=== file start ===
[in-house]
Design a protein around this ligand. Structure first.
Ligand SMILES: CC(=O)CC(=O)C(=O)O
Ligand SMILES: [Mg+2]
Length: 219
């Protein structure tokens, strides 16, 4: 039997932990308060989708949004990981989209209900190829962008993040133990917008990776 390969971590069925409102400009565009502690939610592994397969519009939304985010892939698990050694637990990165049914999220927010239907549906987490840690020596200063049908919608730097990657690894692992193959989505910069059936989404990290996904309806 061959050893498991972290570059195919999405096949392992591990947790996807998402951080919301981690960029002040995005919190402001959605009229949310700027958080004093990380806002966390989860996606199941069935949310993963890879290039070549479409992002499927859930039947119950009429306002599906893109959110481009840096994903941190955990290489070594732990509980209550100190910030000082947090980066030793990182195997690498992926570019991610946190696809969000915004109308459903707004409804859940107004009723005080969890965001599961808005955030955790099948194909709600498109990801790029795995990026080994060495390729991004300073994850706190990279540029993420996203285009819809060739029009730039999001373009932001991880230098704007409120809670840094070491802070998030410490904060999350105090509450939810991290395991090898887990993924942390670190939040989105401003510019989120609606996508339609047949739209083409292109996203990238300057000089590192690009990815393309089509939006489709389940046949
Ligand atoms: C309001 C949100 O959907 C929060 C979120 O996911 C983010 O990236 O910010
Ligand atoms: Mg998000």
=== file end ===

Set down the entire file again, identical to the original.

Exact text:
[in-house]
Design a protein around this ligand. Structure first.
Ligand SMILES: CC(=O)CC(=O)C(=O)O
Ligand SMILES: [Mg+2]
Length: 219
């Protein structure tokens, strides 16, 4: 039997932990308060989708949004990981989209209900190829962008993040133990917008990776 390969971590069925409102400009565009502690939610592994397969519009939304985010892939698990050694637990990165049914999220927010239907549906987490840690020596200063049908919608730097990657690894692992193959989505910069059936989404990290996904309806 061959050893498991972290570059195919999405096949392992591990947790996807998402951080919301981690960029002040995005919190402001959605009229949310700027958080004093990380806002966390989860996606199941069935949310993963890879290039070549479409992002499927859930039947119950009429306002599906893109959110481009840096994903941190955990290489070594732990509980209550100190910030000082947090980066030793990182195997690498992926570019991610946190696809969000915004109308459903707004409804859940107004009723005080969890965001599961808005955030955790099948194909709600498109990801790029795995990026080994060495390729991004300073994850706190990279540029993420996203285009819809060739029009730039999001373009932001991880230098704007409120809670840094070491802070998030410490904060999350105090509450939810991290395991090898887990993924942390670190939040989105401003510019989120609606996508339609047949739209083409292109996203990238300057000089590192690009990815393309089509939006489709389940046949
Ligand atoms: C309001 C949100 O959907 C929060 C979120 O996911 C983010 O990236 O910010
Ligand atoms: Mg998000």